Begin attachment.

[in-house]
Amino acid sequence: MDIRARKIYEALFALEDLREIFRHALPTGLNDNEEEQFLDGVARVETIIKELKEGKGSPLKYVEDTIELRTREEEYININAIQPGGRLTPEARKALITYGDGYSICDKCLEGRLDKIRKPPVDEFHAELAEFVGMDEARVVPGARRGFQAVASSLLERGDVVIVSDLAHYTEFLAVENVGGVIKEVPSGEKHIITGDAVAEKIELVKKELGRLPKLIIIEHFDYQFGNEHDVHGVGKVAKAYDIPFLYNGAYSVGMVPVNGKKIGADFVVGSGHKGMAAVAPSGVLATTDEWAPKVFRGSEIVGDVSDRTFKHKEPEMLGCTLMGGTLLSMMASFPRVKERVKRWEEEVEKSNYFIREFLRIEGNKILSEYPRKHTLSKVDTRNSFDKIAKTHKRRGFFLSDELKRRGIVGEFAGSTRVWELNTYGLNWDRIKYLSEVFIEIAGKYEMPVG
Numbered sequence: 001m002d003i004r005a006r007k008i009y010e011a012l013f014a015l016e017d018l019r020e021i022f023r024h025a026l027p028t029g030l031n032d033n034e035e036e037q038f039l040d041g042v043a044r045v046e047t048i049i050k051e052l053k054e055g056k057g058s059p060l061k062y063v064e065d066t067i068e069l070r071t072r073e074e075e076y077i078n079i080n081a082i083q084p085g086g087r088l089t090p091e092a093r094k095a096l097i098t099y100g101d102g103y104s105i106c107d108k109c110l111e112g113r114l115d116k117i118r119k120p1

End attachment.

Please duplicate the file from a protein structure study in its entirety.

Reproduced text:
[in-house]
Amino acid sequence: MDIRARKIYEALFALEDLREIFRHALPTGLNDNEEEQFLDGVARVETIIKELKEGKGSPLKYVEDTIELRTREEEYININAIQPGGRLTPEARKALITYGDGYSICDKCLEGRLDKIRKPPVDEFHAELAEFVGMDEARVVPGARRGFQAVASSLLERGDVVIVSDLAHYTEFLAVENVGGVIKEVPSGEKHIITGDAVAEKIELVKKELGRLPKLIIIEHFDYQFGNEHDVHGVGKVAKAYDIPFLYNGAYSVGMVPVNGKKIGADFVVGSGHKGMAAVAPSGVLATTDEWAPKVFRGSEIVGDVSDRTFKHKEPEMLGCTLMGGTLLSMMASFPRVKERVKRWEEEVEKSNYFIREFLRIEGNKILSEYPRKHTLSKVDTRNSFDKIAKTHKRRGFFLSDELKRRGIVGEFAGSTRVWELNTYGLNWDRIKYLSEVFIEIAGKYEMPVG
Numbered sequence: 001m002d003i004r005a006r007k008i009y010e011a012l013f014a015l016e017d018l019r020e021i022f023r024h025a026l027p028t029g030l031n032d033n034e035e036e037q038f039l040d041g042v043a044r045v046e047t048i049i050k051e052l053k054e055g056k057g058s059p060l061k062y063v064e065d066t067i068e069l070r071t072r073e074e075e076y077i078n079i080n081a082i083q084p085g086g087r088l089t090p091e092a093r094k095a096l097i098t099y100g101d102g103y104s105i106c107d108k109c110l111e112g113r114l115d116k117i118r119k120p1